Convenience-food retailers cash in on SA’s time-poor big spenders

Posted On Tuesday, 11 October 2005 02:00 Published by
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ATWO-year consumer spending spree fuelled by low interest rates and higher levels of disposable income has boosted revenue across the retail sector — and the food industry is no exception.

Wendy Hall

Consumer Industries Reporter

ATWO-year consumer spending spree fuelled by low interest rates and higher levels of disposable income has boosted revenue across the retail sector — and the food industry is no exception.

Growing demand for convenience has seen prepared food products increase in popularity among South African shoppers.

As a result, Pick ’n Pay has reported a 20,6% rise in headline earnings, and Woolworths’ food sales increased 19,4% to R5,66bn for the financial year.

Fast food company Famous Brands, the holding company for Steers, Debonairs Pizza and Wimpy, lifted gross revenue 28% to R464,7m for the year.

South African households are "evolving towards the substitution of convenience food for home cooking as a way of life rather than a luxury", according to a research report by ACNielsen on food pricing and consumer purchasing in March.

However, amid fears that interest rates may rise again, retail spending increased just 3,2% year on year in July, instead of the hoped-for 6%.

This may indicate that the high demand for prepared foods, which are generally more expensive, may not be sustainable if there is an economic downswing and conditions become less favourable for consumers.

Pick ’n Pay CEO Sean Summers says there is a link between the improvement in the economy and customers’ propensity to "buy up" as their living standards improve and their disposable income rises.

"There is a clear inverted proportion between people’s improvement in employment status and the amount of available time they have," he says.

"Consumers have become accustomed to convenience and we believe the trend is ultimately sustainable."

Longer working hours, more women in the workplace and the spending power of the black middle class are among the reasons cited by ACNielsen for the growth in convenience food shopping.

Julian Novak, head of Woolworths’ food department, says that consumers are time-poor and are demanding convenience — whether the convenience of a prepared meal, ready-prepared ingredients or store location.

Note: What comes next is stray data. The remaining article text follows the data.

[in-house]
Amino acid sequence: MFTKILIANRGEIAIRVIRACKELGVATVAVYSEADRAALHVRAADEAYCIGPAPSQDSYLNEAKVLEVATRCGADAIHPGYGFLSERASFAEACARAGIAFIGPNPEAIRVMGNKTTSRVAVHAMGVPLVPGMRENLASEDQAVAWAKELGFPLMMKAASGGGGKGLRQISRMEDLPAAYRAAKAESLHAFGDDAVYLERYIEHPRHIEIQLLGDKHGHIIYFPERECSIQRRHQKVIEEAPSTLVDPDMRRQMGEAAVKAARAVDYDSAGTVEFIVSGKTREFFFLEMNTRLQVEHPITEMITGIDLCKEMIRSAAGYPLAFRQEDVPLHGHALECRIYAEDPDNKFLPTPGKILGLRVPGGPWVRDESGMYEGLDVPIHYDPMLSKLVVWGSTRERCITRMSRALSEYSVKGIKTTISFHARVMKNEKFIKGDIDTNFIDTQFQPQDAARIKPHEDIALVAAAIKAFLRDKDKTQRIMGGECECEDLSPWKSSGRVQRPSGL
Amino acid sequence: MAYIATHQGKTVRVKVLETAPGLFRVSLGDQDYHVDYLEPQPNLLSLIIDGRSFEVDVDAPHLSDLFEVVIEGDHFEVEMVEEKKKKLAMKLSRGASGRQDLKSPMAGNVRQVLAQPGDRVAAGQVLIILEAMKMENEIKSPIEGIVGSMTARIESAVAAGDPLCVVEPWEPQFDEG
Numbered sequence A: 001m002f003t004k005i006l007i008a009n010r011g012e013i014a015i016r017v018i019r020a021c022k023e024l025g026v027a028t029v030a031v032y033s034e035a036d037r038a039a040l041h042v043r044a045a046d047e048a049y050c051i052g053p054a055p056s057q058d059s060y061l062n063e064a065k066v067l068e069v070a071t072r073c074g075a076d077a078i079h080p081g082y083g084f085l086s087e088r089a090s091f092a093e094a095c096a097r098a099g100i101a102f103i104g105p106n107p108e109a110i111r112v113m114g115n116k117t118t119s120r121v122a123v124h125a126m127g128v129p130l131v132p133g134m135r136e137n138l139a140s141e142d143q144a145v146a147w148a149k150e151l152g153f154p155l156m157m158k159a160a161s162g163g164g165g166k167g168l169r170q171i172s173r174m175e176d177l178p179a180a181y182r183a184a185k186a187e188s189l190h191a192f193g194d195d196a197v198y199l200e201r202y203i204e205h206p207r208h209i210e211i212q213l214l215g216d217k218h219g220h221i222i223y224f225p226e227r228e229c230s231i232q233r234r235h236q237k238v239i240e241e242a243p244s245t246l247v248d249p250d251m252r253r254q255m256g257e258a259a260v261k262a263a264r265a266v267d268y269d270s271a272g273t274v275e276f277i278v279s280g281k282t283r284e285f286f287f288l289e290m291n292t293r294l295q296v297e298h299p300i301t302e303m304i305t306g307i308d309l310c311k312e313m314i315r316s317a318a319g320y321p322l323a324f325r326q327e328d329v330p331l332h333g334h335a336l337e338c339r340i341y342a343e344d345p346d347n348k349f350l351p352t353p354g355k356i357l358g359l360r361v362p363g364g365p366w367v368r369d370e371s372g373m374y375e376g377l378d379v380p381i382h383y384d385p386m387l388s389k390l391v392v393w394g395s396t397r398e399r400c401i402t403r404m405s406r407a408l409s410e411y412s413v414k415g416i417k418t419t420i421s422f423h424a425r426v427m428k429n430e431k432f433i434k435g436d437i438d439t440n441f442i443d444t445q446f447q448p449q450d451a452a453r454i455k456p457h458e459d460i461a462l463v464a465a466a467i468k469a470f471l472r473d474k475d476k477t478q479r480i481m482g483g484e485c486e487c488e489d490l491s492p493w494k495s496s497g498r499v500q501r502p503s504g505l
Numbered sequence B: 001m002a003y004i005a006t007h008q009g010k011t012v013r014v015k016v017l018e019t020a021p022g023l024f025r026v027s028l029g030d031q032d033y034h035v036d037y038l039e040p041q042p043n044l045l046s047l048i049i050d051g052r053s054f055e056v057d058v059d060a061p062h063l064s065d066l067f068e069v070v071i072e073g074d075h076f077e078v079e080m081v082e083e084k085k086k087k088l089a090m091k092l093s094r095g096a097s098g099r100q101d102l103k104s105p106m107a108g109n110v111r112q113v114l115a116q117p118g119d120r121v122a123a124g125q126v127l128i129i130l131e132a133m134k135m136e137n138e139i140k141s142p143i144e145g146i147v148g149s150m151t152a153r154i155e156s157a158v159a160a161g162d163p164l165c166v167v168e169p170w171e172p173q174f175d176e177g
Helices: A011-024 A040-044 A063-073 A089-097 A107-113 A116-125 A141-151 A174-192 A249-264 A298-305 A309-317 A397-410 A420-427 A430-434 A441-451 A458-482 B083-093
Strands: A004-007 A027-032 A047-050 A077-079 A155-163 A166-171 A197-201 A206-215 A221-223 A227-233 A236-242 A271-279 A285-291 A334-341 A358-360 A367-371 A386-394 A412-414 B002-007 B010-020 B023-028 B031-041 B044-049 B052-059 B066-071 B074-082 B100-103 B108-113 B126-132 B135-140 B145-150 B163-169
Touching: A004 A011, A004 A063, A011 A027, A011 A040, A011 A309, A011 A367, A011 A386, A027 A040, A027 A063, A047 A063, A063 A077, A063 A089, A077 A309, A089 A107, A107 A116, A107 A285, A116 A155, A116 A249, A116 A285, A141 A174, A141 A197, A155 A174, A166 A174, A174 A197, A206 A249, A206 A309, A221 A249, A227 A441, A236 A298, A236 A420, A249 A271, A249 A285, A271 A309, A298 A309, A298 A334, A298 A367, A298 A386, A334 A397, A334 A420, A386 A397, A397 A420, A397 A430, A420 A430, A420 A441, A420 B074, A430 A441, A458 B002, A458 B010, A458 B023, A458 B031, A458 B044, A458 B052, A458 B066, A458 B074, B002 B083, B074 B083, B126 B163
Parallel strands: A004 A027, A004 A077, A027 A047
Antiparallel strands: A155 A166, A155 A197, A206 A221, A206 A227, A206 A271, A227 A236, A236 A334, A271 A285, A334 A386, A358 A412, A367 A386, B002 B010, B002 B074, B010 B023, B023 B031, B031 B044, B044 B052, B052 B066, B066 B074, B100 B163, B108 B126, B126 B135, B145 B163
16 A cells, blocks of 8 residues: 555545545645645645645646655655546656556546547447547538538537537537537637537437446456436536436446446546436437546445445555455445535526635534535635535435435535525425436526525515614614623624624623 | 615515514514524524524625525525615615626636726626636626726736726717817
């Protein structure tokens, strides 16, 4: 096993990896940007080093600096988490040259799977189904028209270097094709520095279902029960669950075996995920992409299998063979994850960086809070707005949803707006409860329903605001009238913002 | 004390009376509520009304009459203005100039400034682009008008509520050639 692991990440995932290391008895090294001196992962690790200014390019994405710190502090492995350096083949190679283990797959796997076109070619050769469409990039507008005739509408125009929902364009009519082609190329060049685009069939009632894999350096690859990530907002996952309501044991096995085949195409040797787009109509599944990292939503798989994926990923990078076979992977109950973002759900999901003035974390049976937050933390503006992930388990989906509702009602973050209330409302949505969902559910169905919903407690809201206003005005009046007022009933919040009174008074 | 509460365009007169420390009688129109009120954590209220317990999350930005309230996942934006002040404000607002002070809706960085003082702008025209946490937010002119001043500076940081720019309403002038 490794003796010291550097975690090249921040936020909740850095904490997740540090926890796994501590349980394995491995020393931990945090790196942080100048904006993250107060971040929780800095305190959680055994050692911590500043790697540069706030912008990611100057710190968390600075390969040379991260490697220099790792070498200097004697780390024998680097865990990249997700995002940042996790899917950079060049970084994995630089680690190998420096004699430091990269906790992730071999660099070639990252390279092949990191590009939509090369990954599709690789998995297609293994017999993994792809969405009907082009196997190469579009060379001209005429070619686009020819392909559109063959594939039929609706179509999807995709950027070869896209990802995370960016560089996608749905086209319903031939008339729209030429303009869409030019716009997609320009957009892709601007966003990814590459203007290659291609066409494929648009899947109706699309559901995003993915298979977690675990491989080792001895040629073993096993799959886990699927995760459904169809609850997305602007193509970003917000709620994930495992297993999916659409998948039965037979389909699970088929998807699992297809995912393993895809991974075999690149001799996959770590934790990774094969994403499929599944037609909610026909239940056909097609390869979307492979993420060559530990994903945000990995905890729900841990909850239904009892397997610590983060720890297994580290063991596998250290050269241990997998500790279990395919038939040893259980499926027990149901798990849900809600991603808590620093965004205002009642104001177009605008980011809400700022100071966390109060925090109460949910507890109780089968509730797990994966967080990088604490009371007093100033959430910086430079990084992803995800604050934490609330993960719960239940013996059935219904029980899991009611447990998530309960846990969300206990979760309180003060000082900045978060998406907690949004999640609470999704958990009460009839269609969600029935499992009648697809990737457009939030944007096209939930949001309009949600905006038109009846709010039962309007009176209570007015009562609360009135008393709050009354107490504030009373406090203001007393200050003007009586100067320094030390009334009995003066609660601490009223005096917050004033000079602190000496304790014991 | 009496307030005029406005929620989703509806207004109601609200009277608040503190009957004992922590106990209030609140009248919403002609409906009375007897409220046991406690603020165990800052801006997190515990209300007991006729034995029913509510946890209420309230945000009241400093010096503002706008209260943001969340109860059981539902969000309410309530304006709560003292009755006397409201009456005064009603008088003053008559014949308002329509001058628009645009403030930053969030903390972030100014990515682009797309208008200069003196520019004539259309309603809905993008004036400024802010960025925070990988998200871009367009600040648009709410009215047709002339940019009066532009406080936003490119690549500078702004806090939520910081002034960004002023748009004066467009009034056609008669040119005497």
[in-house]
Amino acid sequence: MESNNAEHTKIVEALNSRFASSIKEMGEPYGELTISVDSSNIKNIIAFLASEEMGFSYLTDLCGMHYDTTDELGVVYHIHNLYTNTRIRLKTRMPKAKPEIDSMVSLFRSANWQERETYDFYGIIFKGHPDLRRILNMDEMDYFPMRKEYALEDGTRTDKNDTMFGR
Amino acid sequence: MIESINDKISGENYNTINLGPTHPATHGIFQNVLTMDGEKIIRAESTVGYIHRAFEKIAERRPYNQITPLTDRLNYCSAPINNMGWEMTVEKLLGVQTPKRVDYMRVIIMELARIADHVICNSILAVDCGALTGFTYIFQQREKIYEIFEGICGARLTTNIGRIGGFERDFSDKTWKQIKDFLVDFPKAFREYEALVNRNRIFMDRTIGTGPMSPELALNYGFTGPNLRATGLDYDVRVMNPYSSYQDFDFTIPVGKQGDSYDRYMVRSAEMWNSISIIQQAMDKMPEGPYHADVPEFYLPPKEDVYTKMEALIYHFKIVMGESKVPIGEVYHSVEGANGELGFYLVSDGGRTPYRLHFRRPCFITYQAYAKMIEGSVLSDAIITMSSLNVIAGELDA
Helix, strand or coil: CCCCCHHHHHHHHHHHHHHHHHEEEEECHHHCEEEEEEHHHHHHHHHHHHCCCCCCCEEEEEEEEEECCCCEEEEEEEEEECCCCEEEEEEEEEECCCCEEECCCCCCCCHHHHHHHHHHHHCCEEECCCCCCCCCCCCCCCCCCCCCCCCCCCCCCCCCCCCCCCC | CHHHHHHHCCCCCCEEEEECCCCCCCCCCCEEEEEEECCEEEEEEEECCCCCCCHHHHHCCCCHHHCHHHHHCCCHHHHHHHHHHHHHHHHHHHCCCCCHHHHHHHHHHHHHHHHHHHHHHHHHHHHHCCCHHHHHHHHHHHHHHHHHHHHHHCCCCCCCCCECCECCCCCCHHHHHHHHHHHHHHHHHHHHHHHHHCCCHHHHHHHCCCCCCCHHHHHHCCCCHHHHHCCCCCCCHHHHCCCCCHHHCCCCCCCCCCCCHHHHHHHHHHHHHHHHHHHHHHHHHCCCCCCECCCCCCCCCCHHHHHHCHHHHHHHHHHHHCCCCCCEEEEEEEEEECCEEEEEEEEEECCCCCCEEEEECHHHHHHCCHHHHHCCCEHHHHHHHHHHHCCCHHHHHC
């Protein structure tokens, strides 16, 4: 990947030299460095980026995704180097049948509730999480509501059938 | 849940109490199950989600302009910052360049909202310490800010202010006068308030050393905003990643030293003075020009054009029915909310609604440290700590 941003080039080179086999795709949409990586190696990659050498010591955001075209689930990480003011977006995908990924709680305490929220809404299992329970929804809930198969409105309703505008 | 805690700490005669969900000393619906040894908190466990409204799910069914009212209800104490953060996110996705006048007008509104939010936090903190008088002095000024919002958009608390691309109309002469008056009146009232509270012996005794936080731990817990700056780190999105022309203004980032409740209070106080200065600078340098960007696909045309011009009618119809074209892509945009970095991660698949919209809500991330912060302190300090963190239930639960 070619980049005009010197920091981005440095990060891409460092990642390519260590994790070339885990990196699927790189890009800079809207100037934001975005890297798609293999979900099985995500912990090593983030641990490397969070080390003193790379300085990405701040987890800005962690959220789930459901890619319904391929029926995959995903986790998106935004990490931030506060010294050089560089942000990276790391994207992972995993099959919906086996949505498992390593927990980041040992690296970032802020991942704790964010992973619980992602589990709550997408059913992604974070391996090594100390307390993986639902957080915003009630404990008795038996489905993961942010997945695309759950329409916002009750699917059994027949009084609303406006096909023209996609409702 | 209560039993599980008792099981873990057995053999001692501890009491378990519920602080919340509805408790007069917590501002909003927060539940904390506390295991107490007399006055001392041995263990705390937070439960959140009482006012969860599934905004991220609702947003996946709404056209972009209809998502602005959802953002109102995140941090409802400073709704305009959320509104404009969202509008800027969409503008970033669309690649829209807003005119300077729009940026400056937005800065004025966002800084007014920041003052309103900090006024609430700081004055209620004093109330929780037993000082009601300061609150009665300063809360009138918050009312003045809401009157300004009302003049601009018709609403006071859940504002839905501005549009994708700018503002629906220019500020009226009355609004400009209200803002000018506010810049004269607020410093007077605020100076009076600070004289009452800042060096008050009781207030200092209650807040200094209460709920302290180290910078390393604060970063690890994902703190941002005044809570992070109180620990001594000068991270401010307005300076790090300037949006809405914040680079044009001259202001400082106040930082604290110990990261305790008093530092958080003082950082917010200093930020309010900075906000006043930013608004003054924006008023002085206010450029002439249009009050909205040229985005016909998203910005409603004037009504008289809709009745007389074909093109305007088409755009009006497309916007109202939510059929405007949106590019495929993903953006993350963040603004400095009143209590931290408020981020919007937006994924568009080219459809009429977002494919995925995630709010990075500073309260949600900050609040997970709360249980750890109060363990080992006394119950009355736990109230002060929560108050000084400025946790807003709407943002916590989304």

"There is definitely a boom and people are treating themselves to what would be considered more expensive goods," Novak says.

ACNielsen says that food inflation last December dropped to 2,3% from a high of 16,3% in February 2003. This affected food prices and consumer purchasing behaviour.

The research shows that bottled water, yoghurt and confectionery products such as biscuits have shown the most growth in the South African retail environment.

Globally, "food and beverage products that support healthy diets, weight loss and on-the-go lifestyles are among the world’s fastest growing", says ACNielsen.

Sales of refrigerated ready-to-eat meals grew 10% in 2003-04, and long-life confectionery, cake and frozen pizza sales rose 6%.

South African shoppers have bought into the global trend for healthy foods, Novak says.

"Customers are conscious of their health and this is getting stronger. With the shift to prepared meals, they are also demanding healthy prepared meals," he says.

While ACNielsen found that convenience and food retail outlets in SA are mostly targeted at higher-income consumers, it would appear that retailers are now actively seeking out new markets.

Famous Brands is to open another 240 restaurants across its southern African network in the next three years.

Woolworths says it is extending its customer base to nontraditional areas, especially historically black residential areas, and plans to open two stores in Soweto within the next year.

The company has opened a number of forecourt convenience food stores in partnership with Engen in Western Cape, KwaZulu-Natal and Gauteng to make inroads into the R4bn 24-hour convenience retail market, which is growing at about 16% a year.

It plans to open at least 40 more by the end of 2008.

Novak believes that there is still room for expansion in the South African retail market, and that "store location and how long it takes to shop are very important".

"The trend for convenience that has been developing for the past 10 years will be sustainable if we position ourselves properly," Novak says.


Publisher: Business Day
Source: Business Day

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